Green e-commerce startup Sustainably Stocked is using its home city of Halifax to dial in its marketing and logistics strategies with the goal of later expanding to other Canadian cities.

Co-founders Dessie Maliaka and Adam Olsen sell kitchen staples like almonds, salt and sugar in reusable glass or compostable paper containers to reduce plastic waste.

Maliaka said in an interview that, growing up in South Africa, she saw firsthand the harmful effects of plastic pollution. Olsen, meanwhile, was shocked by the amount of plastic garbage he saw on beaches during a trip to East Asia. When the two began debating what type of business to start, their experiences inspired them to focus on plastic waste as a key area of concern.

“One of the things we noticed very early on in our discussions was how pervasive problems can be in first-world countries like Canada, where those issues aren’t really obvious to us... like plastic pollution,” Maliaka said. “We’re in a very beautiful part of the world, and we don’t get all the huge issues that come with the way we consume as a society... but it’s still a very big problem.”

The Stocked online store allows visitors to place food orders and have the products delivered to their doors. Eventually, the founders hope to merge the online ordering features of retailers like Amazon with the crowd-sourced delivery-driver model of Uber Eats and its competitors.

The food can be delivered either in reusable glass jars or in paper bags, depending on whether the customer already has storage containers.

“We’re really trying to enable people to lean into the ‘use and reuse’ model, rather than the ‘use and throw away’ model,” said Maliaka.

She added that she and Olsen are working on a strategy for protecting the paper bags in inclement weather, which may include drop-boxes on customers' properties.

But she said that delivery routes are carefully planned to avoid fuel wastage, and a side effect is that customers know when their orders will be delivered with a greater degree of precision than is the case with most e-commerce platforms. The result is that buyers can often take paper bags inside before they get wet or suffer other damage.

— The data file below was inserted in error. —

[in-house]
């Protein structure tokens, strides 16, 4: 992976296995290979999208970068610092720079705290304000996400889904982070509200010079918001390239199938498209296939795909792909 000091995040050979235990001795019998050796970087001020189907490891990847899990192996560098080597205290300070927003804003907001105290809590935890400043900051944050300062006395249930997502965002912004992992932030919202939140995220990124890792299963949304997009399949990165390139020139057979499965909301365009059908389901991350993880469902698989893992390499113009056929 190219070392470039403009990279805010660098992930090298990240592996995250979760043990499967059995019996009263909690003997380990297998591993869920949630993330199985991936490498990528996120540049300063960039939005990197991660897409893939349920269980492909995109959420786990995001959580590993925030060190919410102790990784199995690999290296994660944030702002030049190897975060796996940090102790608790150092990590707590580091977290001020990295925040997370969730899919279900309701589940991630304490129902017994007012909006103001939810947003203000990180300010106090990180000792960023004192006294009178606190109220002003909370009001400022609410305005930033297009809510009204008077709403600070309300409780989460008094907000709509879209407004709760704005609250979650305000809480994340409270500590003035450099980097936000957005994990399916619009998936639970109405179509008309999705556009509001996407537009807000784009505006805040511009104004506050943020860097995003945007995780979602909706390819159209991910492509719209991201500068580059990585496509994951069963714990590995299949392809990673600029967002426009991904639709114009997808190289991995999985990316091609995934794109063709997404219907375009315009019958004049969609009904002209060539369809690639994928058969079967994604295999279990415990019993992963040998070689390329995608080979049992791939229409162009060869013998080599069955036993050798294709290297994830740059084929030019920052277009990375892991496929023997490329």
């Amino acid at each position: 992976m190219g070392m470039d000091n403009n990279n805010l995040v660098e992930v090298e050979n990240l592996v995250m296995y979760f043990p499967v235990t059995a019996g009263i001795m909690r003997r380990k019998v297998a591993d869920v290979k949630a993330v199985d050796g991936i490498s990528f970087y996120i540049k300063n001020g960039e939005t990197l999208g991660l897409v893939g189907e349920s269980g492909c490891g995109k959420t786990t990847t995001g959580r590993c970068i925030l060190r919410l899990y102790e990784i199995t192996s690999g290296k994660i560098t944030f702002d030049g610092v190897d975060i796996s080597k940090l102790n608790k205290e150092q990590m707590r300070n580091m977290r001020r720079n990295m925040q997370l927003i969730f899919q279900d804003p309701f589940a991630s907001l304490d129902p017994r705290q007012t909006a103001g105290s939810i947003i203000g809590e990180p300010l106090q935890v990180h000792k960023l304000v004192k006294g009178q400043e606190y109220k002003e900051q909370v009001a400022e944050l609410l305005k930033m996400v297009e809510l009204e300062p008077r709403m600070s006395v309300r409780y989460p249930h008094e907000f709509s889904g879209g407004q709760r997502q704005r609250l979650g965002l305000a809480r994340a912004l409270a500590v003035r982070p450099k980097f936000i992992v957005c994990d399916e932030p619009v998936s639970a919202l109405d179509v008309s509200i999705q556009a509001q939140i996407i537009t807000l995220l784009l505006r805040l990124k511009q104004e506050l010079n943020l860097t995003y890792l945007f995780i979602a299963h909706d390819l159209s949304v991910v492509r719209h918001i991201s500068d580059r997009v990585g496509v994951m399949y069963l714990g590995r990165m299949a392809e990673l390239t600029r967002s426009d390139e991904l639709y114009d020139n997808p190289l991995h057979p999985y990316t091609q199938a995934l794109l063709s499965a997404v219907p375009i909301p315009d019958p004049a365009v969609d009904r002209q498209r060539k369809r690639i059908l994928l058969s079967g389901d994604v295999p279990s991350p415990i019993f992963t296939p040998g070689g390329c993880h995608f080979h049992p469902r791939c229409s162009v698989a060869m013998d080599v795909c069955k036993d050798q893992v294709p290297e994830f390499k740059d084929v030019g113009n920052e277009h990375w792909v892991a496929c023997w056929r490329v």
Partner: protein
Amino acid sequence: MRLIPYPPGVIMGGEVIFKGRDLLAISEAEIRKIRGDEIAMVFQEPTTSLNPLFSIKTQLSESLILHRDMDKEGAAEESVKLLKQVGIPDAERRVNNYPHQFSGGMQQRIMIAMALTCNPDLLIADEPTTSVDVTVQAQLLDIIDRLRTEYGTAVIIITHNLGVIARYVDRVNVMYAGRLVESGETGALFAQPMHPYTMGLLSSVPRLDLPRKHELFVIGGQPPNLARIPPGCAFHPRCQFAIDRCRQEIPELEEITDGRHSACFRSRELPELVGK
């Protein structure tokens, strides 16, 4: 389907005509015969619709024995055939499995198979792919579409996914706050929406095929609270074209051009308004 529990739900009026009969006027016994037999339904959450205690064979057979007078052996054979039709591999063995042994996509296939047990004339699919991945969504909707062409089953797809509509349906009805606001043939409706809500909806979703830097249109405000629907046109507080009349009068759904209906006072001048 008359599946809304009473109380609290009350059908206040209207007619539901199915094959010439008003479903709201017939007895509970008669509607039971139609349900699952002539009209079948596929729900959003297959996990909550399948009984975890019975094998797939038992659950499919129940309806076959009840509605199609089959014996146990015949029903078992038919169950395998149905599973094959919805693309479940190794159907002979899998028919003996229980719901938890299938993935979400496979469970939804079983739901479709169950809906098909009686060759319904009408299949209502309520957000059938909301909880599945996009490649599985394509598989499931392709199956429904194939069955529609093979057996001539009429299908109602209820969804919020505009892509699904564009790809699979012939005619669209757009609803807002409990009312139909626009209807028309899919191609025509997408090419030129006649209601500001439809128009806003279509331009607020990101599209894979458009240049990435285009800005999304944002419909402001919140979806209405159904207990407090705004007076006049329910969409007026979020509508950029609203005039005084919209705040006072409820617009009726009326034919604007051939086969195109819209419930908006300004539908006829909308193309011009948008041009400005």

Maliaka said that because Stocked is in the early stages of growth, they don’t yet employ contractors to complete deliveries. But they recently hired their first employee, an experienced marketer who has also invested in the business.

As the company eventually expands into other cities, Maliaka and Olsen plan to hire site managers to adapt their business model for each new market, such as by developing local supply chains in each region.

“People are interested in pumping money back into their local communities,” said Maliaka. “We’re going to do the best we can to make sure that we’re keeping a consistent range of products as we start growing across Canada... and to our ability, source those locally from people in the provinces.”

Stocked previously competed in the finals of the 2020 Volta Cohort startup competition, but was not among the five startups that won $25,000 each.

Maliaka and Olsen are now eyeing participation in Toronto’s Next 36 virtual accelerator, which is targeted at students and recent graduates. Maliaka holds a 2018 MBA from the University of Toronto, and Olsen graduated from Saint Mary’s University with an undergraduate degree in commerce and marketing in 2016.

“The mindset that we’re trying to get everyone to believe is that they do have an effect,” said Maliaka. “And while you might not see the effects of how we live and how you consume on the earth, they are definitely there, so they’re definitely not something that we should be ignoring until it's almost too late to reverse the consequences.”